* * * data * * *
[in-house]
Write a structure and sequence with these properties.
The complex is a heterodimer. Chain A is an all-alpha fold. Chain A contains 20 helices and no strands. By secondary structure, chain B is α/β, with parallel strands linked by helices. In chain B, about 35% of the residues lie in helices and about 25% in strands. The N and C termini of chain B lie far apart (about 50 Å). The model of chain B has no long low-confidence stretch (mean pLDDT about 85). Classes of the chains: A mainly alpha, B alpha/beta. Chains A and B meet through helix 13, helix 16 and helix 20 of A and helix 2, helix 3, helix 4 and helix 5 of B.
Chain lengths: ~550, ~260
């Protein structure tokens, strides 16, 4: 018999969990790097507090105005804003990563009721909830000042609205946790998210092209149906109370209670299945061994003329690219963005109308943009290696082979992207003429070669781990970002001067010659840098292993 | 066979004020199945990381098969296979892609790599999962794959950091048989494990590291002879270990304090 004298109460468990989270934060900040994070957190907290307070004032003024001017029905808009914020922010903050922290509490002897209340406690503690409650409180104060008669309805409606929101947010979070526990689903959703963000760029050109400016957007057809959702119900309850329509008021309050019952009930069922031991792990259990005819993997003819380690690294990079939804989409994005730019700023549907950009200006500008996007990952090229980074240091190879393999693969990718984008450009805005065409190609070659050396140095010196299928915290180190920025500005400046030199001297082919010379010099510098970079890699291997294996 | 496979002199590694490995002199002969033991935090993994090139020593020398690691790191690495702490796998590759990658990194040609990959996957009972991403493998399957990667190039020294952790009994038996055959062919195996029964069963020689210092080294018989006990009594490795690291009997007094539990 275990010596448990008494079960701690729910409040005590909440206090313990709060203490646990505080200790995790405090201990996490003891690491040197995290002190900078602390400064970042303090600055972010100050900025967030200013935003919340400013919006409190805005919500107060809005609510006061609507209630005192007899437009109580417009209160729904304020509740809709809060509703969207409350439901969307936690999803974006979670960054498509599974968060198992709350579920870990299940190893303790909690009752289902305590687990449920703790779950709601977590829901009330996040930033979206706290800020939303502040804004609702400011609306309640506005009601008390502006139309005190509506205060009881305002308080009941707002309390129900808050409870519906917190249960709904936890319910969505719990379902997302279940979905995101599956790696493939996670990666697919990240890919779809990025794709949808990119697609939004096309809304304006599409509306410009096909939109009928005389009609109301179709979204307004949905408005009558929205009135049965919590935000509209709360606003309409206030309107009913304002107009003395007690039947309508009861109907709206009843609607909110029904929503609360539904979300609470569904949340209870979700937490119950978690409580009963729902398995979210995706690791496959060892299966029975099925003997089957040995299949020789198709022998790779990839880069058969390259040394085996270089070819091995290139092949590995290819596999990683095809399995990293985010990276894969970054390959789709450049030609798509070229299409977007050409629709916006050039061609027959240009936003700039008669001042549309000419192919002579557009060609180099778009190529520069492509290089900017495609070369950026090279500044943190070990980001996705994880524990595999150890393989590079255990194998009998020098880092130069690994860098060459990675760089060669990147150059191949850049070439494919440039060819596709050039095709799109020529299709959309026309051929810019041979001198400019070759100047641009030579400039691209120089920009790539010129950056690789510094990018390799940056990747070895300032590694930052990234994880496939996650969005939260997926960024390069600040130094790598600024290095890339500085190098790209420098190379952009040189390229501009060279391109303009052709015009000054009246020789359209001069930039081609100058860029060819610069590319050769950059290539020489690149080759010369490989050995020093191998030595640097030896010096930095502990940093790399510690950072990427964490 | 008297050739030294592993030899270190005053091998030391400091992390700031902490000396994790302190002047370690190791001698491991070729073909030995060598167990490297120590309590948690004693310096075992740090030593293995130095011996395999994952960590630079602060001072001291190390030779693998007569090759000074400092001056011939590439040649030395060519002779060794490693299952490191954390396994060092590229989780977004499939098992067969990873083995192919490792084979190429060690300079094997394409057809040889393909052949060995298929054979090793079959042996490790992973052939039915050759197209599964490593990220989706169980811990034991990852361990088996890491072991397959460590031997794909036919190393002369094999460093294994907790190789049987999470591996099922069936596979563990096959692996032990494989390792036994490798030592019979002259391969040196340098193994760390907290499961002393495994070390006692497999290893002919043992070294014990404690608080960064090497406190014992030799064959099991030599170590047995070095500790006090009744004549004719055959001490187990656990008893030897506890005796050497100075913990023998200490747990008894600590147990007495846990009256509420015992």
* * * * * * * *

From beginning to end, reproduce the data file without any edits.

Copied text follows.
[in-house]
Write a structure and sequence with these properties.
The complex is a heterodimer. Chain A is an all-alpha fold. Chain A contains 20 helices and no strands. By secondary structure, chain B is α/β, with parallel strands linked by helices. In chain B, about 35% of the residues lie in helices and about 25% in strands. The N and C termini of chain B lie far apart (about 50 Å). The model of chain B has no long low-confidence stretch (mean pLDDT about 85). Classes of the chains: A mainly alpha, B alpha/beta. Chains A and B meet through helix 13, helix 16 and helix 20 of A and helix 2, helix 3, helix 4 and helix 5 of B.
Chain lengths: ~550, ~260
């Protein structure tokens, strides 16, 4: 018999969990790097507090105005804003990563009721909830000042609205946790998210092209149906109370209670299945061994003329690219963005109308943009290696082979992207003429070669781990970002001067010659840098292993 | 066979004020199945990381098969296979892609790599999962794959950091048989494990590291002879270990304090 004298109460468990989270934060900040994070957190907290307070004032003024001017029905808009914020922010903050922290509490002897209340406690503690409650409180104060008669309805409606929101947010979070526990689903959703963000760029050109400016957007057809959702119900309850329509008021309050019952009930069922031991792990259990005819993997003819380690690294990079939804989409994005730019700023549907950009200006500008996007990952090229980074240091190879393999693969990718984008450009805005065409190609070659050396140095010196299928915290180190920025500005400046030199001297082919010379010099510098970079890699291997294996 | 496979002199590694490995002199002969033991935090993994090139020593020398690691790191690495702490796998590759990658990194040609990959996957009972991403493998399957990667190039020294952790009994038996055959062919195996029964069963020689210092080294018989006990009594490795690291009997007094539990 275990010596448990008494079960701690729910409040005590909440206090313990709060203490646990505080200790995790405090201990996490003891690491040197995290002190900078602390400064970042303090600055972010100050900025967030200013935003919340400013919006409190805005919500107060809005609510006061609507209630005192007899437009109580417009209160729904304020509740809709809060509703969207409350439901969307936690999803974006979670960054498509599974968060198992709350579920870990299940190893303790909690009752289902305590687990449920703790779950709601977590829901009330996040930033979206706290800020939303502040804004609702400011609306309640506005009601008390502006139309005190509506205060009881305002308080009941707002309390129900808050409870519906917190249960709904936890319910969505719990379902997302279940979905995101599956790696493939996670990666697919990240890919779809990025794709949808990119697609939004096309809304304006599409509306410009096909939109009928005389009609109301179709979204307004949905408005009558929205009135049965919590935000509209709360606003309409206030309107009913304002107009003395007690039947309508009861109907709206009843609607909110029904929503609360539904979300609470569904949340209870979700937490119950978690409580009963729902398995979210995706690791496959060892299966029975099925003997089957040995299949020789198709022998790779990839880069058969390259040394085996270089070819091995290139092949590995290819596999990683095809399995990293985010990276894969970054390959789709450049030609798509070229299409977007050409629709916006050039061609027959240009936003700039008669001042549309000419192919002579557009060609180099778009190529520069492509290089900017495609070369950026090279500044943190070990980001996705994880524990595999150890393989590079255990194998009998020098880092130069690994860098060459990675760089060669990147150059191949850049070439494919440039060819596709050039095709799109020529299709959309026309051929810019041979001198400019070759100047641009030579400039691209120089920009790539010129950056690789510094990018390799940056990747070895300032590694930052990234994880496939996650969005939260997926960024390069600040130094790598600024290095890339500085190098790209420098190379952009040189390229501009060279391109303009052709015009000054009246020789359209001069930039081609100058860029060819610069590319050769950059290539020489690149080759010369490989050995020093191998030595640097030896010096930095502990940093790399510690950072990427964490 | 008297050739030294592993030899270190005053091998030391400091992390700031902490000396994790302190002047370690190791001698491991070729073909030995060598167990490297120590309590948690004693310096075992740090030593293995130095011996395999994952960590630079602060001072001291190390030779693998007569090759000074400092001056011939590439040649030395060519002779060794490693299952490191954390396994060092590229989780977004499939098992067969990873083995192919490792084979190429060690300079094997394409057809040889393909052949060995298929054979090793079959042996490790992973052939039915050759197209599964490593990220989706169980811990034991990852361990088996890491072991397959460590031997794909036919190393002369094999460093294994907790190789049987999470591996099922069936596979563990096959692996032990494989390792036994490798030592019979002259391969040196340098193994760390907290499961002393495994070390006692497999290893002919043992070294014990404690608080960064090497406190014992030799064959099991030599170590047995070095500790006090009744004549004719055959001490187990656990008893030897506890005796050497100075913990023998200490747990008894600590147990007495846990009256509420015992």